The front of this box of Post Rice Krinkles indicates there is a miniature Major League pennant inside the box, and the back shows the Red Sox pennant along with 4 cards:

The box indicates there are 19 team pennants, which confirms that there was no pennant made for the Houston Colt .45s. In fact the box even says "Except Houston" right under the information about the stickers and just above Tom Cheney's card. For some reason, it looks like the National League pennant was issued in its place (which brings the set to 20 pennants). That would explain why there appears to be no corresponding AL pennant.

The Post Cereal cards have stats from the 1962 season, so this confirms that this would have been a 1963 release.

I'd like to say thanks to Greg for this fantastic find! This box answers all of the questions I had not been able to previously answer.

Wednesday, August 18, 2010

1961 Topps Football Original Negatives - Fantastic Action Shots

I came across a number of original negatives that Topps is auctioning off through the Topps Vault this week which contain some excellent action photography that was shot during the 1960 season, and used for "Highlight" cards in the 1961 Topps Football set. I'm not that familiar with the 1961 set, so I didn't realize there were a number of action shots in the set until investigating these negatives.

Just take a look at this great shot of Johnny Unitas:

This was the photo used for card # 57:

I really like this picture as it shows so much of the action from the play as opposed to a tightly cropped shot of just one player. Even though you can't see the receiver that Unitas is throwing to, you can see the pressure on him to get the pass off in a hurry. You also get 3 refs in one shot which is something you don't see too often.

And how about a shot of Jim Brown running against the Giants:

This picture appeared on card # 77 (where Topps refers to him as Jimmy):

Here is Paul Hornung against the Eagles at Franklin Field

which was used for card # 38:

This picture of Eddie LeBaron

was used on card # 19 denoting the 1960 inaugural season of the Dallas Cowboys:

Here is Charley Conerly of the Giants against the Steelers back when the Steelers wore numbers on their helmets

which appeared on card # 94

Speaking of the Steelers, here is Bobby Layne

which was used for card # 113

Here is Milt Plum of the Browns in what appears to be a night game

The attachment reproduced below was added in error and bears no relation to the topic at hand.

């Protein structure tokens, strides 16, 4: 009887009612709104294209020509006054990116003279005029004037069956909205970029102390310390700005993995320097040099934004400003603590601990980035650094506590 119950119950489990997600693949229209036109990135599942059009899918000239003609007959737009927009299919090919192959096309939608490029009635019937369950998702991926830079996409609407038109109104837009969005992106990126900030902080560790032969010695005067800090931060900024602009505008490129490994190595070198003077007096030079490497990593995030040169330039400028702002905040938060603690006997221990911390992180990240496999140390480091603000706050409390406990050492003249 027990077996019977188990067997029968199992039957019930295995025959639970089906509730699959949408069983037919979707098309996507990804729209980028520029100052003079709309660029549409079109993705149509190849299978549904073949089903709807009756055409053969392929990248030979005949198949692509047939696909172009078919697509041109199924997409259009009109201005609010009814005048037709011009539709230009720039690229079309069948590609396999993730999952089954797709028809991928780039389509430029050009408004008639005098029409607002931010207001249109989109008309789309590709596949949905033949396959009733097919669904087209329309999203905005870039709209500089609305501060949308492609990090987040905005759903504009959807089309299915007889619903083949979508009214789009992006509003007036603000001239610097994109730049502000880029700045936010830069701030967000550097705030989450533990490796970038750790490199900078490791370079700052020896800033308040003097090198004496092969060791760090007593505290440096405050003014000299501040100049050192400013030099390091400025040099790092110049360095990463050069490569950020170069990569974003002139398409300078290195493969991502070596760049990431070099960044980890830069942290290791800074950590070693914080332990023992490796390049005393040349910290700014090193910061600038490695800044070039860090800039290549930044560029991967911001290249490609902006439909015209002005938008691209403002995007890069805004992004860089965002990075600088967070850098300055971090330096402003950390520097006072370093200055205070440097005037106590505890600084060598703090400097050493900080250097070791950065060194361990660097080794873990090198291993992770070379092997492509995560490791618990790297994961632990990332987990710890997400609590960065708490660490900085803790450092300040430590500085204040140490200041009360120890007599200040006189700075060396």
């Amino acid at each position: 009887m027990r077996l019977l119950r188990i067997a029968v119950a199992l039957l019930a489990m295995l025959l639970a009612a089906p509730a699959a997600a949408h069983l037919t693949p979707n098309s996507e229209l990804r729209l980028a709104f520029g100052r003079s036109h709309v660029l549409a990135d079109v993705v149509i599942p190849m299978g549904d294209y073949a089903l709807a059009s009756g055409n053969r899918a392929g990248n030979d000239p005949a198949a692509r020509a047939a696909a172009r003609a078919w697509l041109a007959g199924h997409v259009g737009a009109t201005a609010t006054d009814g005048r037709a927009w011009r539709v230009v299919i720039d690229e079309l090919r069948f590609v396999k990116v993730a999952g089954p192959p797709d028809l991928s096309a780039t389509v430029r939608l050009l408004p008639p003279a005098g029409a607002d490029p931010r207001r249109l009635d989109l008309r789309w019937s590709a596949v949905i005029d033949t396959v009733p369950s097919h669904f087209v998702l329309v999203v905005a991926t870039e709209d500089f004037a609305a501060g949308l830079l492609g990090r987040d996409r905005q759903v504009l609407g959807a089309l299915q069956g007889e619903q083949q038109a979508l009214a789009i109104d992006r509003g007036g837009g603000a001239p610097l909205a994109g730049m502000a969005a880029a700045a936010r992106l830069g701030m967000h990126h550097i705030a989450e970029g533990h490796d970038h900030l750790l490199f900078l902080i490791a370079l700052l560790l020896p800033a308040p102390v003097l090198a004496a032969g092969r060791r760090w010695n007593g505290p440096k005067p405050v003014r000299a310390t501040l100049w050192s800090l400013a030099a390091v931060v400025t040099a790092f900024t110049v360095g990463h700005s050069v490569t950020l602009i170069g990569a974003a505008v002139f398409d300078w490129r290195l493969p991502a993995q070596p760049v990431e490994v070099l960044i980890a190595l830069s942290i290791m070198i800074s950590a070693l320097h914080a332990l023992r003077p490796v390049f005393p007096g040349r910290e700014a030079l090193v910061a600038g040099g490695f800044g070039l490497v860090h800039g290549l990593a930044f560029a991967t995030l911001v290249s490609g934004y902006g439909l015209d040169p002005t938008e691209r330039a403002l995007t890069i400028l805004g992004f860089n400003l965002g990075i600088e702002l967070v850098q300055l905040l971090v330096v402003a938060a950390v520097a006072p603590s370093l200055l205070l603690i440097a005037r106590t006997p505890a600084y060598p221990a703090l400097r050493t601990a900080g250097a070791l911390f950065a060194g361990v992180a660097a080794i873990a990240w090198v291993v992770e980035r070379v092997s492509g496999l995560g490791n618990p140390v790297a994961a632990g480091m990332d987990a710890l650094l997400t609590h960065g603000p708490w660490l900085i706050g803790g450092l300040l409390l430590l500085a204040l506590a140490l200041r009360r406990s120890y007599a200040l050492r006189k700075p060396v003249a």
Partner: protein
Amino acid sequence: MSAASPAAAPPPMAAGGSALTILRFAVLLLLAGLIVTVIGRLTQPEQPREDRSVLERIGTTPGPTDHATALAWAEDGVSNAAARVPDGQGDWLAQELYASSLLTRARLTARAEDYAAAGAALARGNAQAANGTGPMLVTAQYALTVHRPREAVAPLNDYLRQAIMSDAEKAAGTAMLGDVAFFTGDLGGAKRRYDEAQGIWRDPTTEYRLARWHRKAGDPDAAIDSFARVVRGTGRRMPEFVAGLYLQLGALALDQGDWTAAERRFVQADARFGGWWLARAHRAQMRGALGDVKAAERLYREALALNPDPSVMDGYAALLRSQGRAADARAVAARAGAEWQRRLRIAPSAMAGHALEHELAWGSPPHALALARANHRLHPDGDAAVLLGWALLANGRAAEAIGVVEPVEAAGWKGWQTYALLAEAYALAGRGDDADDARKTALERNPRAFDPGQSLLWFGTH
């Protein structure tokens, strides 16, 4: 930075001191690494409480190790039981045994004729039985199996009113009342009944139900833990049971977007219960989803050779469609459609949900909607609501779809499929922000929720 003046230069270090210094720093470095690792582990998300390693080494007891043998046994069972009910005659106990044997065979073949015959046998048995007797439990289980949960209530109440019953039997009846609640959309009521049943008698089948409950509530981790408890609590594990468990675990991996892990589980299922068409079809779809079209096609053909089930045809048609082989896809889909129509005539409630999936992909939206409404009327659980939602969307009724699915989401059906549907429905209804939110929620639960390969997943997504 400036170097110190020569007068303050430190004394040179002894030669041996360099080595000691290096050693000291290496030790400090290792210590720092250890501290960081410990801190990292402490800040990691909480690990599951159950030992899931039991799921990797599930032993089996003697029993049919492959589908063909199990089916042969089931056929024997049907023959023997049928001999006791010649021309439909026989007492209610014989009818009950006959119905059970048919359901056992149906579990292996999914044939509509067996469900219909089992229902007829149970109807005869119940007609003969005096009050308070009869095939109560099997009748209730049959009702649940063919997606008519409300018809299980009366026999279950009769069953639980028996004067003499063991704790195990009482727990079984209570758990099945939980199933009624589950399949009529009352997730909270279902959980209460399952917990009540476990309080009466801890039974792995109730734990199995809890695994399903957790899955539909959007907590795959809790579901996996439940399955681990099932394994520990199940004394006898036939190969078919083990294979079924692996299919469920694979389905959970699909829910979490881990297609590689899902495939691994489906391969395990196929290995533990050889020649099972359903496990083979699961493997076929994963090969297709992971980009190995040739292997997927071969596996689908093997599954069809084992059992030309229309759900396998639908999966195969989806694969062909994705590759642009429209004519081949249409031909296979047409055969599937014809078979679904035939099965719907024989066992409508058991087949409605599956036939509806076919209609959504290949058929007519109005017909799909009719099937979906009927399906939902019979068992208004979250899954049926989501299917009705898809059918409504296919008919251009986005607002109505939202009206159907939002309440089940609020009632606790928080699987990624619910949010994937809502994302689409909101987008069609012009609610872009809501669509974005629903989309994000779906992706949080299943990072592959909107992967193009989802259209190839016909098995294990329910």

which was used on card # 132

These photos and the 1961 cards show that Topps had the ability to produce cards with excellent action shots by the early 1960s. They continued featuring action shots on their 1962 Football cards with B&W action shots beside a color portrait:

But after that, action shots virtually disappeared. Why didn't Topps feature action shots in either baseball or football sets on a regular basis (other than the occasional action shot on a World Series card) until almost a decade later, when they started including action shots in the 1971 baseball set

and in 1972 for their Football set:

Taking a look at the 1972 "In Action" cards, I'd have to say the 1961 cards look much better in terms of the action they portray. The airbrushing just kills any kind of sense of action that the picture conveys because it doesn't look real. Speaking of the 1972 action shots not looking real, what is going on in this picture?

Apparently the ball has some kind of force field around it which causes everything around it to become blurry. Since you can see the feet of the players below the blur, I'm guessing Topps must not have had the rights to someone on the bench so it looks like they tried to make them disappear.

After seeing these negatives and finding the 1961 cards that were produced using those pictures, it really seems a shame that Topps didn't include any action photography in their football sets for 10 years, and instead put out cards that looked like this:

Just think how much better these sets could have been had they included some action shots. After seeing what Topps was able to do in 1961, there is no reason why they could not have had at least a few game photographs in their sets each year.

It wasn't until 1976 when Fleer issued their first Team Action set that we saw cards that depicted NFL action in a similar fashion to those 1961 cards since Fleer didn't have to airbrush the logos:

It seems like in some ways those 1961 "Highlight" cards were ahead of their time with their use of game action photographs since it would be quite awhile until collectors would once again find these types of action shots included in their sets.